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The word skeptic brings up ideas of a bad or negative character but that doesn’t have to be the case.

Dictionary.com defines skeptic as

  • A person who questions the validity or authenticity of something purporting to be factual
  • A person who maintains a doubting attitude, as toward values, plans, statements, or the character of others.

The skeptic is one of the 6 essential character types.

Why Do You Need a Skeptic?

A skeptic is a valuable character because they’re more likely to see through insincere or false ideas, people, plans, etc.,

The skeptic is probably going to be on the protagonist’s “side” but they’re not necessarily loyal to it.

The skeptic wants to win but doesn’t think it’s possible. Or doesn’t think the protagonist is following the right path. Or they doubt the situation or antagonist is really a problem. Or, or, or. The skeptic doubts that winning is possible. They’re skeptical.

The skeptic might be right, in fact, they should be at least once. They don’t have to be pessimistic (although they could be). They don’t believe that all hope is lost.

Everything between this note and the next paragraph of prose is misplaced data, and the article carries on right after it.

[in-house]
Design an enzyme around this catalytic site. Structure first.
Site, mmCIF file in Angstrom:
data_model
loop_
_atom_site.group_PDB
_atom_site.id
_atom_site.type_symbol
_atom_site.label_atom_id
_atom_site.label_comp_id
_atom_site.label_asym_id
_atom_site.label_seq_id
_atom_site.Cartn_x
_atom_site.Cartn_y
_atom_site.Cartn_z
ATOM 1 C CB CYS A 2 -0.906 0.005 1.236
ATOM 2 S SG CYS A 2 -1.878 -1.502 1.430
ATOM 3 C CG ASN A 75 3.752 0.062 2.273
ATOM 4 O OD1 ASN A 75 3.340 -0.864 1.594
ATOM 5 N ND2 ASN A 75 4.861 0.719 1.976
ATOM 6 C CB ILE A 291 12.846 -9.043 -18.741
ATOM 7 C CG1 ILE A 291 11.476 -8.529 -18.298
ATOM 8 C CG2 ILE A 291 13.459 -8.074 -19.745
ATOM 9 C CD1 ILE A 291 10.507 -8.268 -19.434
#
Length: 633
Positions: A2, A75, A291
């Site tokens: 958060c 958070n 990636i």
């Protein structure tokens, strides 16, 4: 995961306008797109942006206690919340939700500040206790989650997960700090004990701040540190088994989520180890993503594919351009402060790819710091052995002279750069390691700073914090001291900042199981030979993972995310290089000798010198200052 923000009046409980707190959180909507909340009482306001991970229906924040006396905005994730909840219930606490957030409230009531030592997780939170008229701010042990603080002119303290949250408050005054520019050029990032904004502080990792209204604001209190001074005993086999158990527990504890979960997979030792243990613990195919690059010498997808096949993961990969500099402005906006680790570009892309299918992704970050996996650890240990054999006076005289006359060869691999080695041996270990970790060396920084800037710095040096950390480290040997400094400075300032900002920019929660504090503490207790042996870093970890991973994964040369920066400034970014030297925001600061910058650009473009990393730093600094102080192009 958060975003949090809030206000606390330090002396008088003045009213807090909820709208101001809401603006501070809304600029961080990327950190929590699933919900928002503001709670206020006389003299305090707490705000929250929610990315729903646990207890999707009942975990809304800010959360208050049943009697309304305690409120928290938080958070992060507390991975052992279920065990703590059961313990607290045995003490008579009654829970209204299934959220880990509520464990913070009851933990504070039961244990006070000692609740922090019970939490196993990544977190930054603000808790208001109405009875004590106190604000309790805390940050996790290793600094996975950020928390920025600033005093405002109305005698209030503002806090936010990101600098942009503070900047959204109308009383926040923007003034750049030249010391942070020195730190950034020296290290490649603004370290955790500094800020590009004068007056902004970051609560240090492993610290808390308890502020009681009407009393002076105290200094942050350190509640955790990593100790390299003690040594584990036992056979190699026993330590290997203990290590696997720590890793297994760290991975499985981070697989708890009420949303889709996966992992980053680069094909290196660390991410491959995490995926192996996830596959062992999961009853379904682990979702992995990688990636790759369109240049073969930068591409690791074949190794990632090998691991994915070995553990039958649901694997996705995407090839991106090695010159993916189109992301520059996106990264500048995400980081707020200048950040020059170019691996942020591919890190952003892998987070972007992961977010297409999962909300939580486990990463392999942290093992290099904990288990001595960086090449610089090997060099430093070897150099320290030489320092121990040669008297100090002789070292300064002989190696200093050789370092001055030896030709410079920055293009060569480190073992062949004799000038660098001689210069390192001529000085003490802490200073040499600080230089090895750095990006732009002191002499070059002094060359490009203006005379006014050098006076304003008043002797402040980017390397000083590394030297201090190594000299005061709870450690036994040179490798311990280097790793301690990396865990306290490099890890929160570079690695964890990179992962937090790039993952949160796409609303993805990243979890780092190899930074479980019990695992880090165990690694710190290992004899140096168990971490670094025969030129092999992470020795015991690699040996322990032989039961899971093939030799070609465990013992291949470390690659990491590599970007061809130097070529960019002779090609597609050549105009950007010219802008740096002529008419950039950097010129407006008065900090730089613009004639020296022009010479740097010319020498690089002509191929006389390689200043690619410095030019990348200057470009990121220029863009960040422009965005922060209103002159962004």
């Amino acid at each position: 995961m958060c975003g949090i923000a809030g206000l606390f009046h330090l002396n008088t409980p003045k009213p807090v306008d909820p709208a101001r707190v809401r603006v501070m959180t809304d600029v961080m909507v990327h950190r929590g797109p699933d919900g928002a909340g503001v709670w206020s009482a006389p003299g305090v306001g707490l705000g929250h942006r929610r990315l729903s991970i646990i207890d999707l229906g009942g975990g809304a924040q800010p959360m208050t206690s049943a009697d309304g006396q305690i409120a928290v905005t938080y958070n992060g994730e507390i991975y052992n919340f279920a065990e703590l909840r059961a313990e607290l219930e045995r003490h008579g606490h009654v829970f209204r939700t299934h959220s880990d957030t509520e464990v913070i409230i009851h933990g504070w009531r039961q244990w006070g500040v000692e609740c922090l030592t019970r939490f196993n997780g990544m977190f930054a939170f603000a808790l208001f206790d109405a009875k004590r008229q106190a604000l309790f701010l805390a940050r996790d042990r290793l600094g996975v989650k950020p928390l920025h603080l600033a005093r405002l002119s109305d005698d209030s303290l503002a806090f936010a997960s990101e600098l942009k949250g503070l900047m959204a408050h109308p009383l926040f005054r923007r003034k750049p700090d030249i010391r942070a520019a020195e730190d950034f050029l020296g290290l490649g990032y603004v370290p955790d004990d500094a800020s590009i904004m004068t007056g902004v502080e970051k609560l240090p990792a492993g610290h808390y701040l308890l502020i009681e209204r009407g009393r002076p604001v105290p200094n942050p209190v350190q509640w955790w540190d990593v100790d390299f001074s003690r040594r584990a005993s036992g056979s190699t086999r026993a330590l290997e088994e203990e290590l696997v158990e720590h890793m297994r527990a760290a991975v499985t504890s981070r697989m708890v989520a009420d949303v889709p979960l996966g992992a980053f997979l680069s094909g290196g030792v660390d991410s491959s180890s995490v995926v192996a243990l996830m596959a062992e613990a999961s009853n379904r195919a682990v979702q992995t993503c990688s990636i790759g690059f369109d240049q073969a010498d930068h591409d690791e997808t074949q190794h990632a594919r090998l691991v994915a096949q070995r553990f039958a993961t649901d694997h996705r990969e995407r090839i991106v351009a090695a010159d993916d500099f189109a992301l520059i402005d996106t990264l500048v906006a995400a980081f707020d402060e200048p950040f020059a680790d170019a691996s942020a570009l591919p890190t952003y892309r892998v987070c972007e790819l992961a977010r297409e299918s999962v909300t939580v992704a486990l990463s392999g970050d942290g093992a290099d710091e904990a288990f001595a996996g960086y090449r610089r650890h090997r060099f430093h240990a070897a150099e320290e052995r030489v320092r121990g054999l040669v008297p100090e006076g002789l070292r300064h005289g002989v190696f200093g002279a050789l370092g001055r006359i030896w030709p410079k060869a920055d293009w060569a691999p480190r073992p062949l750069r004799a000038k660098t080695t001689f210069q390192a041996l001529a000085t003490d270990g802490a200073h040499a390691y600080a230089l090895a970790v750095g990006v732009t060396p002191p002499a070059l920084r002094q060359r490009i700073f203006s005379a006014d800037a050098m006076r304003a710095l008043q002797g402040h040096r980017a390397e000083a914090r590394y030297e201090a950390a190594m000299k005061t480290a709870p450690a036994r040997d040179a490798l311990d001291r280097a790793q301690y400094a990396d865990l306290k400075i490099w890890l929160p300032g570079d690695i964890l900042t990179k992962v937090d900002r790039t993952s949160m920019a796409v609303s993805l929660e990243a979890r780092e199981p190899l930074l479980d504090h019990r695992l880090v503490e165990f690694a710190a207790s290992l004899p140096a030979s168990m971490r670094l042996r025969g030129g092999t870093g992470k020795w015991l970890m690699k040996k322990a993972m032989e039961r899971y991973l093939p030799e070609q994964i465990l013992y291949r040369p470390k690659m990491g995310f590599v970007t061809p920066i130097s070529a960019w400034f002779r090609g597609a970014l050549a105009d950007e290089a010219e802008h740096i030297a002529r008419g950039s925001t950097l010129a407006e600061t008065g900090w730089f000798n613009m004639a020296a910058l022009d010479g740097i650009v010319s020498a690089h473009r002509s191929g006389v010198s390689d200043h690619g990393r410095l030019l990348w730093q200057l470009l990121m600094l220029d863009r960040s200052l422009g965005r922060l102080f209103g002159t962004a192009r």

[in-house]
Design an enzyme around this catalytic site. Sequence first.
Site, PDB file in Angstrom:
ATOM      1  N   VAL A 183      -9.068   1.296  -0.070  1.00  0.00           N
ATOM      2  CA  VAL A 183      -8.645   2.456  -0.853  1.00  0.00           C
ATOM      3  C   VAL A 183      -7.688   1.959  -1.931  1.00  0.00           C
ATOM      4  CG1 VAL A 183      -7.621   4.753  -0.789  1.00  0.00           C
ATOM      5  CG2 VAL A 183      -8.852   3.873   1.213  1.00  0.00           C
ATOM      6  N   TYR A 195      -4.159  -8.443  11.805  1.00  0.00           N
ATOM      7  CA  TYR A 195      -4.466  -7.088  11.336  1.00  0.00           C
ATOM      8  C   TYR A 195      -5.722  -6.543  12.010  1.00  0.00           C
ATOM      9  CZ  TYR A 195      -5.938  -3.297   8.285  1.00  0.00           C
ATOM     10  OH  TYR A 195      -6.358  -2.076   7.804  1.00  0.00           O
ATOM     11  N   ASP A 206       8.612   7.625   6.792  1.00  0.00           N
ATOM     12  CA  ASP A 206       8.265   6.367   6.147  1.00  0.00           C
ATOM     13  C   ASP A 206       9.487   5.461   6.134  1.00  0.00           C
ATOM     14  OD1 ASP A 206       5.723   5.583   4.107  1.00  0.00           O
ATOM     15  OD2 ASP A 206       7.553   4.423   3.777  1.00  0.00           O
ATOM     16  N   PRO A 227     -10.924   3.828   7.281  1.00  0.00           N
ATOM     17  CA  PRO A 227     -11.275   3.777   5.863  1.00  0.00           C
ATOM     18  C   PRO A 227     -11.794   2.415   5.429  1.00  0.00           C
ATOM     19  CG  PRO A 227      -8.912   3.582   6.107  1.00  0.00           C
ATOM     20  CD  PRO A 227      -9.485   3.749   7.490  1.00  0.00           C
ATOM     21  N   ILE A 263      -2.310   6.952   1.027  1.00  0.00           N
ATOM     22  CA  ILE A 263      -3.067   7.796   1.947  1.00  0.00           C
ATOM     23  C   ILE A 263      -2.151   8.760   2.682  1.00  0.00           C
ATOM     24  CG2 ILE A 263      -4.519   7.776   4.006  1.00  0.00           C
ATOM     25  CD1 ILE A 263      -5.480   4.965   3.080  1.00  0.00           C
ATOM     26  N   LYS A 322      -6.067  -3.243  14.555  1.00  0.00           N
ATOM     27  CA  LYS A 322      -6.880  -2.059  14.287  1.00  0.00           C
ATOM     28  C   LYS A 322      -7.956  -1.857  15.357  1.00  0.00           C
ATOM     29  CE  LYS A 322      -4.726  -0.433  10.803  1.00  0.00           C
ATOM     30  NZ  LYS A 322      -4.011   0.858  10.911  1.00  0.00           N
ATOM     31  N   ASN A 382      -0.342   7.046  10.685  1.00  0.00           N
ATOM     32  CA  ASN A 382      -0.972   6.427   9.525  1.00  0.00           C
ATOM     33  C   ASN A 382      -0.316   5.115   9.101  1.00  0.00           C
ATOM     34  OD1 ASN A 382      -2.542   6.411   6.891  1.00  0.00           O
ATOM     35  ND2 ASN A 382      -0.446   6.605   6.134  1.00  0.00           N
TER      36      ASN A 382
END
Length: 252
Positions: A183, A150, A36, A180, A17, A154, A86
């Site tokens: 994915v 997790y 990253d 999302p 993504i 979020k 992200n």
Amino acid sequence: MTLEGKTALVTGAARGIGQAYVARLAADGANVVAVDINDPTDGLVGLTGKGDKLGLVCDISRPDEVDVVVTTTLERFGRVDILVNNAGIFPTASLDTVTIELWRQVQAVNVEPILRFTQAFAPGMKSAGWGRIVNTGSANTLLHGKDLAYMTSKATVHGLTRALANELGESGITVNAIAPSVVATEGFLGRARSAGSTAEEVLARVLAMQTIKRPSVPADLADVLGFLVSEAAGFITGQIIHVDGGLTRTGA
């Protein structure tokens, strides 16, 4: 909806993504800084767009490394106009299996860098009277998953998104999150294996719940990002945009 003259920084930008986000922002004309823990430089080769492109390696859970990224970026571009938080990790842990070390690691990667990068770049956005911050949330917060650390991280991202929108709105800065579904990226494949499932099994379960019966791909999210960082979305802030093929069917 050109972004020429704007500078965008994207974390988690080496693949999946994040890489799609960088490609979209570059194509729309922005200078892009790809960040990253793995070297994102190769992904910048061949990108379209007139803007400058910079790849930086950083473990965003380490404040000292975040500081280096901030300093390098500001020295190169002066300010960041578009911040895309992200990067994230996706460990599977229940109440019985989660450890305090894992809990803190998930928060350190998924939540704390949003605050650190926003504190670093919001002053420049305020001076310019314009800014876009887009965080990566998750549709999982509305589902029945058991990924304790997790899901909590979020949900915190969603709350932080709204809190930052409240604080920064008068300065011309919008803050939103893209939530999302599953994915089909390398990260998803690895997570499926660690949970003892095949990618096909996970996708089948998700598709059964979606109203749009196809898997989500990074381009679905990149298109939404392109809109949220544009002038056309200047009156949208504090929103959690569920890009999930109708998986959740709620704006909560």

Don’t undervalue the skeptic. They’re almost as important as your main character and antagonist!

The ONLY Important Quality of a Skeptic

Yes, there’s only one quality that a skeptic has to have:


A skeptic must doubt things.

They can doubt plans, people, anything but they have to doubt something. That doubt is what makes them the skeptic.

Their doubt doesn’t come from a place of fear, hate, or insecurity. It’s a part of their personality and not something that needs to be ‘fixed.’

Roles/Responsibilities of a Skeptic

There are two important roles/responsibilities for the skeptic.

#1: Support the Protagonist

Even though the skeptic is full of doubts, they still support the protagonist. They might express their negativity the whole time, but they’re on the protagonists’ side.

The skeptic is unlikely to doubt the protagonists’ motivations – it’s much more common for them to doubt the plan, problem, and/or choices.